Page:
So why not tell it. Build a series out of it? It’s always fun to play in a world previously created, and readers love to have old beloved characters pop up in unexpected places. The most important thing to remember is to have fun in the worlds you create.  Learn to see those wrong turns and runaway characters as the blessings they truly are, because each one can spark a new story.

Follow your wrong turns, even dead ends have a story to them. . See what’s revealed. Leave a marker of sorts as to where you got stuck or where a story veered off course, that way if the new course doesn’t work you always have a place to return to, or a basis for comparison between the old idea and the new.

Maybe one works better in the story you are telling than the other, but the other is just as compelling. Why not write the one that doesn’t fit in the bigger piece as a short story for an anthology or a serial on your blog. And don’t forget to revisit those old storylines. Sometimes there are common threads in several false starts. My old workshopping coach used to call it collecting underpants. Why not put them together, give those old storylines a fresh start. Give a character who was ignored or rejected in their original story a new storyline and their own story to be the star of. Maybe they become the voice they couldn’t the first time around.

Just never give up.

And never forget to look at your pieces from different angles. Flip them on their heads. Who knows what you’ll see.

About the Author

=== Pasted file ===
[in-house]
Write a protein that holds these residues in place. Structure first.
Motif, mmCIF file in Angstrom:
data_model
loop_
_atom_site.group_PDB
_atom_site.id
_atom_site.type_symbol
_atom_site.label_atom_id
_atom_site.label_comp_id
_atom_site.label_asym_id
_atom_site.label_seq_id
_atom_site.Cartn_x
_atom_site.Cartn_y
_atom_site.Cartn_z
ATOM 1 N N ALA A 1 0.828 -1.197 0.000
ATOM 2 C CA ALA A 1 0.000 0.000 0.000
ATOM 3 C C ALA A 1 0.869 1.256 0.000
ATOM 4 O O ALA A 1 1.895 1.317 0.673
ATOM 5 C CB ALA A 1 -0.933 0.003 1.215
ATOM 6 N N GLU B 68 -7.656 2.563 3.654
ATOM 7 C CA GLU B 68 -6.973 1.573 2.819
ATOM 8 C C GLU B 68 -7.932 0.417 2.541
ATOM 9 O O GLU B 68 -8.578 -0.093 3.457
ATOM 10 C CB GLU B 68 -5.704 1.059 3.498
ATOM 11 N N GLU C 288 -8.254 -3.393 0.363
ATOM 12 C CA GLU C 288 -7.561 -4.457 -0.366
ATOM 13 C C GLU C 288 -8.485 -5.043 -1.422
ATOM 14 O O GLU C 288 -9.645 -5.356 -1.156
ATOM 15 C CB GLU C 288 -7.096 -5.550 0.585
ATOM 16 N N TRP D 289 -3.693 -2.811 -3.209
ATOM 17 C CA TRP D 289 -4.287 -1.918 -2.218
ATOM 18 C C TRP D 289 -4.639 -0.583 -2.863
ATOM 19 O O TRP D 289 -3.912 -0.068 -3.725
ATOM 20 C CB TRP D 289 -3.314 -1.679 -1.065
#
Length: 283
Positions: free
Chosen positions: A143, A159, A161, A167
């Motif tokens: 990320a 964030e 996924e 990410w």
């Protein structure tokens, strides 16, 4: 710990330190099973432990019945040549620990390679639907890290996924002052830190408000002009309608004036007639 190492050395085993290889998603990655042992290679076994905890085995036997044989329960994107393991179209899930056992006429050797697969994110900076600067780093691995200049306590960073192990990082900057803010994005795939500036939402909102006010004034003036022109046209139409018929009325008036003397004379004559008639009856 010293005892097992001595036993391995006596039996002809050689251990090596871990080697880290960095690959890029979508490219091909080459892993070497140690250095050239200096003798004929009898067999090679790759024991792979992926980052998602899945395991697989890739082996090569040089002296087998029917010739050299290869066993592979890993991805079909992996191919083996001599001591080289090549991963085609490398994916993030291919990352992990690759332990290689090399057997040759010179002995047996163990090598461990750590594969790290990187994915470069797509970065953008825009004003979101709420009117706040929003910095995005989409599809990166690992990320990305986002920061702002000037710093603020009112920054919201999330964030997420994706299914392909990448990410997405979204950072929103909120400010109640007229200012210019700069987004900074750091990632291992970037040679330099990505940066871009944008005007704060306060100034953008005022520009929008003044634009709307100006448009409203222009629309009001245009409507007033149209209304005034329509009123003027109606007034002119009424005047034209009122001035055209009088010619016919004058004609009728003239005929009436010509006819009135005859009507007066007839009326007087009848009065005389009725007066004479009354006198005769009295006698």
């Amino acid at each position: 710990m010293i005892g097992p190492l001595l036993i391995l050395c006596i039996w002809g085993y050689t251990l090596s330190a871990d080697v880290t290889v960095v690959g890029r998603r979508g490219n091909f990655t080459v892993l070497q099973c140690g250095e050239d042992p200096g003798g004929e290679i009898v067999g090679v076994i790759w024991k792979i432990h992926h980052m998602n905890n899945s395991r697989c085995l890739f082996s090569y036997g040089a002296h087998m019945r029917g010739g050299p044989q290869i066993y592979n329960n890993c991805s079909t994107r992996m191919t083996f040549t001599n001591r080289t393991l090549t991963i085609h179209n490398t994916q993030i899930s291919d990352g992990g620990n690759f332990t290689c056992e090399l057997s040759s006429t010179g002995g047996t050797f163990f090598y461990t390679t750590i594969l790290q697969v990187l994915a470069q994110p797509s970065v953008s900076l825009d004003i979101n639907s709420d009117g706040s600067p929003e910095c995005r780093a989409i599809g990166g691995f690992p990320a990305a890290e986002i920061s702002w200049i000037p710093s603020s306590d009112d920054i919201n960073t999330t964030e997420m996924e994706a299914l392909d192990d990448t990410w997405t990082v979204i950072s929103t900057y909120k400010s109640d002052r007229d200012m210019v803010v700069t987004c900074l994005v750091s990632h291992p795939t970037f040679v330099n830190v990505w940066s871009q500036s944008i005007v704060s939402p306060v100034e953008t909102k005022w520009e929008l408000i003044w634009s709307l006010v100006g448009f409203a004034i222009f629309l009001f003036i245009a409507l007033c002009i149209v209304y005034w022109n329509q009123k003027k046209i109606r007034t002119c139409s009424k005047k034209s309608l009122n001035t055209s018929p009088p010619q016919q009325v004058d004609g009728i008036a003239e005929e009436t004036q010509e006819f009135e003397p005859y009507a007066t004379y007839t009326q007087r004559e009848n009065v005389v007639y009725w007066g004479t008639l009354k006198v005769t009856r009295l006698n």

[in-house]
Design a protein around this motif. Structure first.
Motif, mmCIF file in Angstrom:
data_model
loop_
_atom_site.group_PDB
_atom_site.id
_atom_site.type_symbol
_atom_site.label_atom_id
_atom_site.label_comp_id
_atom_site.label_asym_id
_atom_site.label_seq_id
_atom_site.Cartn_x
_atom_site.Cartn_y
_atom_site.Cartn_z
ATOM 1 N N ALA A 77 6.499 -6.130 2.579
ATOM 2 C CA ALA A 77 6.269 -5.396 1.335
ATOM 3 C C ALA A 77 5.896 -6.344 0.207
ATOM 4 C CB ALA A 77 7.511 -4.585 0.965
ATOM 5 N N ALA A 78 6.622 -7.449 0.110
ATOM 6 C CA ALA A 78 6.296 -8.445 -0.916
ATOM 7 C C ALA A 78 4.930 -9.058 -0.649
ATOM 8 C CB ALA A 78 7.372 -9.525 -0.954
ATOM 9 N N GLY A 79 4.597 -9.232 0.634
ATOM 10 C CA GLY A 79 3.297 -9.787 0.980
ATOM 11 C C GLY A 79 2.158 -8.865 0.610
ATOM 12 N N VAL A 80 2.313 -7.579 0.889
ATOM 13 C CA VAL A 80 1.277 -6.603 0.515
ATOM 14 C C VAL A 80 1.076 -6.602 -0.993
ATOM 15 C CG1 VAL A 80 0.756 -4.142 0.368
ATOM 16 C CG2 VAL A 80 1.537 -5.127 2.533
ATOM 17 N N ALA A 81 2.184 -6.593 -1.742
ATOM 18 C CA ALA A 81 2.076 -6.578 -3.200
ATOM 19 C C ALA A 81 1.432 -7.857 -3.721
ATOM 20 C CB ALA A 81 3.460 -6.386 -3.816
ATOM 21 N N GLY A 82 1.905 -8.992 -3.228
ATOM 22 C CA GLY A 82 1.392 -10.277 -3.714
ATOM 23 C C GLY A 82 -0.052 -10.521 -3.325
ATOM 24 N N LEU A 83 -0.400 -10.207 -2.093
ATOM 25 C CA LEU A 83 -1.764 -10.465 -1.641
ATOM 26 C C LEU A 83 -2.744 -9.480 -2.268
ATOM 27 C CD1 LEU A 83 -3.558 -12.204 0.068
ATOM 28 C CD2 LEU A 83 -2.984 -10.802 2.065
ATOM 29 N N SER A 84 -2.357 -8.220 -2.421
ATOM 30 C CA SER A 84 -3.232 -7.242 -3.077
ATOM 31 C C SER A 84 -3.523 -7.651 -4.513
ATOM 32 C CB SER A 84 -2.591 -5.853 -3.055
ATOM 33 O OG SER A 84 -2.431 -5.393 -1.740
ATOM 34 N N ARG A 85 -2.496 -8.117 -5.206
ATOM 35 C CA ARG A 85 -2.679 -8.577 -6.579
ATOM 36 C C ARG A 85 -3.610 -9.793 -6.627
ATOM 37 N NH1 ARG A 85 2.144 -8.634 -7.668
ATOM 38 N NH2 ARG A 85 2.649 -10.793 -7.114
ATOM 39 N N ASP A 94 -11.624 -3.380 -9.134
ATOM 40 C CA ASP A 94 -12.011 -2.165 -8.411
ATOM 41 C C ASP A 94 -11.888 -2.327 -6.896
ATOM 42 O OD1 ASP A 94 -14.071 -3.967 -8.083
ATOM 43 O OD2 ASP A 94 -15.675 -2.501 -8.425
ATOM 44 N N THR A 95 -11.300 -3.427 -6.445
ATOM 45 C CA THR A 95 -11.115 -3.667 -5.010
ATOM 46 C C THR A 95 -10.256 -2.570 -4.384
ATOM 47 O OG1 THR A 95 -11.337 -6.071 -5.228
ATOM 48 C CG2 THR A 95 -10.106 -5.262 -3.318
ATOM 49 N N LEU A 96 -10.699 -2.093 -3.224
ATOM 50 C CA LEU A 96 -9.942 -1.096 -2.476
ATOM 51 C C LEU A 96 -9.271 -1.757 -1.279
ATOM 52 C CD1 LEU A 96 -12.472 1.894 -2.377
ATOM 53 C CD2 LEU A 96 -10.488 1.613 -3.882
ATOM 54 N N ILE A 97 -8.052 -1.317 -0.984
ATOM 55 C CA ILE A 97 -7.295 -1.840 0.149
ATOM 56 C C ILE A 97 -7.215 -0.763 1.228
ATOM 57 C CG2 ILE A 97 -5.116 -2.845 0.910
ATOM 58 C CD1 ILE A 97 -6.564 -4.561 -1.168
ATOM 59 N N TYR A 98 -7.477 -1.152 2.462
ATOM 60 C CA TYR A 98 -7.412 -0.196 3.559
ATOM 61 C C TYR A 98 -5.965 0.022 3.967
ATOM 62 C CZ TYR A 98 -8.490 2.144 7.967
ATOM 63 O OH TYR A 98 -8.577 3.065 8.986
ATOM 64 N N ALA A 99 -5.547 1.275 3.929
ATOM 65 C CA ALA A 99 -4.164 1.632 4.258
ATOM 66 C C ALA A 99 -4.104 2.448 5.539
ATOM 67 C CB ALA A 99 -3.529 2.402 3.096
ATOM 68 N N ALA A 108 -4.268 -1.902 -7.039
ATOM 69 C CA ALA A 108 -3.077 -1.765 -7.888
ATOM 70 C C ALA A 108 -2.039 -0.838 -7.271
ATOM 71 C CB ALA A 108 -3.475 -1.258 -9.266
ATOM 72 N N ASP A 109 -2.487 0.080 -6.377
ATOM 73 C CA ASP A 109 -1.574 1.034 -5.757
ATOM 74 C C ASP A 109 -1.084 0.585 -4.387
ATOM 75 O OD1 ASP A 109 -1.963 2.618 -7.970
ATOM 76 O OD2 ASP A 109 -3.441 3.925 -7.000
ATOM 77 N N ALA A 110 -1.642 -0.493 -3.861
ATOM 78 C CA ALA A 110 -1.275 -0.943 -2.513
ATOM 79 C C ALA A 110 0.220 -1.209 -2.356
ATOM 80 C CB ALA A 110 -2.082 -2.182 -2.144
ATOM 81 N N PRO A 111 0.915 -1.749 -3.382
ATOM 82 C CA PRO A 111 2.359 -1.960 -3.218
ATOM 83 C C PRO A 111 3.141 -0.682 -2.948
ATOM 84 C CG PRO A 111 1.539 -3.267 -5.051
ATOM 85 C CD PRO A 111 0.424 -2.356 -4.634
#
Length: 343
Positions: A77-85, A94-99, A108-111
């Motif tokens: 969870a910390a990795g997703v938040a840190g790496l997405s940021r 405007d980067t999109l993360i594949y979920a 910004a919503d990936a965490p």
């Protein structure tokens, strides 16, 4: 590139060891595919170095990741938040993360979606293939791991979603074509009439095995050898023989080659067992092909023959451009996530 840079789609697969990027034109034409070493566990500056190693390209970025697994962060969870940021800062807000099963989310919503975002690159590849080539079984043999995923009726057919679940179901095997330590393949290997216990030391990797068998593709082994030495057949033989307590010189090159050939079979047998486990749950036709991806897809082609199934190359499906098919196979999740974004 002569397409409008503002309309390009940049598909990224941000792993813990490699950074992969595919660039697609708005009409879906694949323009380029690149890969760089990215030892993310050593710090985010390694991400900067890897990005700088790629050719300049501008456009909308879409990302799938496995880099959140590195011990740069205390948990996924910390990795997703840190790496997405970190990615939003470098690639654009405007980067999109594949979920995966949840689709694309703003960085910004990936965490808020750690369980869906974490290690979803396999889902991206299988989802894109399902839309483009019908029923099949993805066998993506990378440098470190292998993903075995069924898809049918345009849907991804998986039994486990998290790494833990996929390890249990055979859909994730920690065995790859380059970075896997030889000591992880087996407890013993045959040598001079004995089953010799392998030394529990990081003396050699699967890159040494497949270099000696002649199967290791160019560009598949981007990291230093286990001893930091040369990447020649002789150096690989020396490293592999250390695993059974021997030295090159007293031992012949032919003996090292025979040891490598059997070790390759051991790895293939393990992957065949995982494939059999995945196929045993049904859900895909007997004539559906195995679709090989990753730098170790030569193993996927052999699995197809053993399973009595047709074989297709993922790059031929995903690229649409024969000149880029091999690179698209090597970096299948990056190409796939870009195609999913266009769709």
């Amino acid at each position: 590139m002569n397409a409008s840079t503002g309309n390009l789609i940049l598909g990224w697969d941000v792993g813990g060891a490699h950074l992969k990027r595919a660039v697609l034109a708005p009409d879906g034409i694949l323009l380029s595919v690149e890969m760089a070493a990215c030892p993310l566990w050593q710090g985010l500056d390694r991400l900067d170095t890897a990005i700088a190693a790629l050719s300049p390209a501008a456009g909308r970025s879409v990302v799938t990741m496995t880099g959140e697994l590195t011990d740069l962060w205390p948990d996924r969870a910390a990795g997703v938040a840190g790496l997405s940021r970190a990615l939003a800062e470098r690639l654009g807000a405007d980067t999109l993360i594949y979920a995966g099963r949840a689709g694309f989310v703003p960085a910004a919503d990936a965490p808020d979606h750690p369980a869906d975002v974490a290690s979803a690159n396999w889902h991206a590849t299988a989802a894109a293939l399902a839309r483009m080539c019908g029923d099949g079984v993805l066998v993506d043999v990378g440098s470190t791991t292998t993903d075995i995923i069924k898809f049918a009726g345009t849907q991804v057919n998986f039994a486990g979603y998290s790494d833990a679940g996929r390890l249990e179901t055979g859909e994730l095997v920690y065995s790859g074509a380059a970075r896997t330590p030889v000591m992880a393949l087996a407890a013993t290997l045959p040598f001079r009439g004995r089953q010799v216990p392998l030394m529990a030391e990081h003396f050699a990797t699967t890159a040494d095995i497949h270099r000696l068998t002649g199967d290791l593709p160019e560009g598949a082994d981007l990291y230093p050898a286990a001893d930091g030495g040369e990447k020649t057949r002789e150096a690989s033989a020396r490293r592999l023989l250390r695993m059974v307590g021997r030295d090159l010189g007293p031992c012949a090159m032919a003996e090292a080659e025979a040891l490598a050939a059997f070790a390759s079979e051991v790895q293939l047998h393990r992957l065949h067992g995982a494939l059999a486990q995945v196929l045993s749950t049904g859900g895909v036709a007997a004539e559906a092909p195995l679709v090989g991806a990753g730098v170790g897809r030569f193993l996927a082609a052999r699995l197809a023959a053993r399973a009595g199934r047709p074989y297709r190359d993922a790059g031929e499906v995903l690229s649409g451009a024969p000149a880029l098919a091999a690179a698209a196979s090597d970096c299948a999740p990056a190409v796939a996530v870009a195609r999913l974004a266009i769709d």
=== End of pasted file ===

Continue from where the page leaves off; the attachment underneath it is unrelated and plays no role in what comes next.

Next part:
LAYLA DORINE lives among the sprawling prairies of Midwestern America, in a house with more cats than people. She loves hiking, fishing, swimming, martial arts, camping out, photography, cooking, and dabbling with several artistic mediums. In addition, she loves to travel and visit museums, historic, and haunted places.

Layla got hooked on writing as a child, starting with poetry and then branching out, and she hasn’t stopped writing since. Hard times, troubled times, the lives of her characters are never easy, but then what life is? The story is in the struggle, the journey, the triumphs and the falls. She writes about artists, musicians, loners, drifters, dreamers, hippies, bikers, truckers, hunters and all the other folks that she’s met and fallen in love with over the years. Sometimes she writes urban romance and sometimes its aliens crash landing near a roadside bar. When she isn’t writing, or wandering somewhere outdoors, she can often be found curled up with a good book and a kitty on her lap.

Layla Dorine can be found at:

Facebook: https://www.facebook.com/profile.php?id=100005197938547
Twitter: https://twitter.com/layladorine
Pinterest: http://www.pinterest.com/layladorine/
Tumblr: https://layladorine.tumblr.com/
Author Website: http://layladorine13.wix.com/layladorineauthor
Goodreads: https://www.goodreads.com/author/show/9814124.Layla_Dorine

About Author

Alina Popescu

Alina Popescu

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1 Comment

  1. T. L. Curtis
    T. L. Curtis May 01, 03:19

    Great tips! I always outline, so going back to the outline and planned character descriptions is always helpful. I once let ‘Show Her’s main character go way to the left, if you will, regarding her language and behavior. I had to step back, take a breath, and remember who she was and that it was about telling her story not having (subjectively) “cool stuff” happen when I felt like it. Thank you!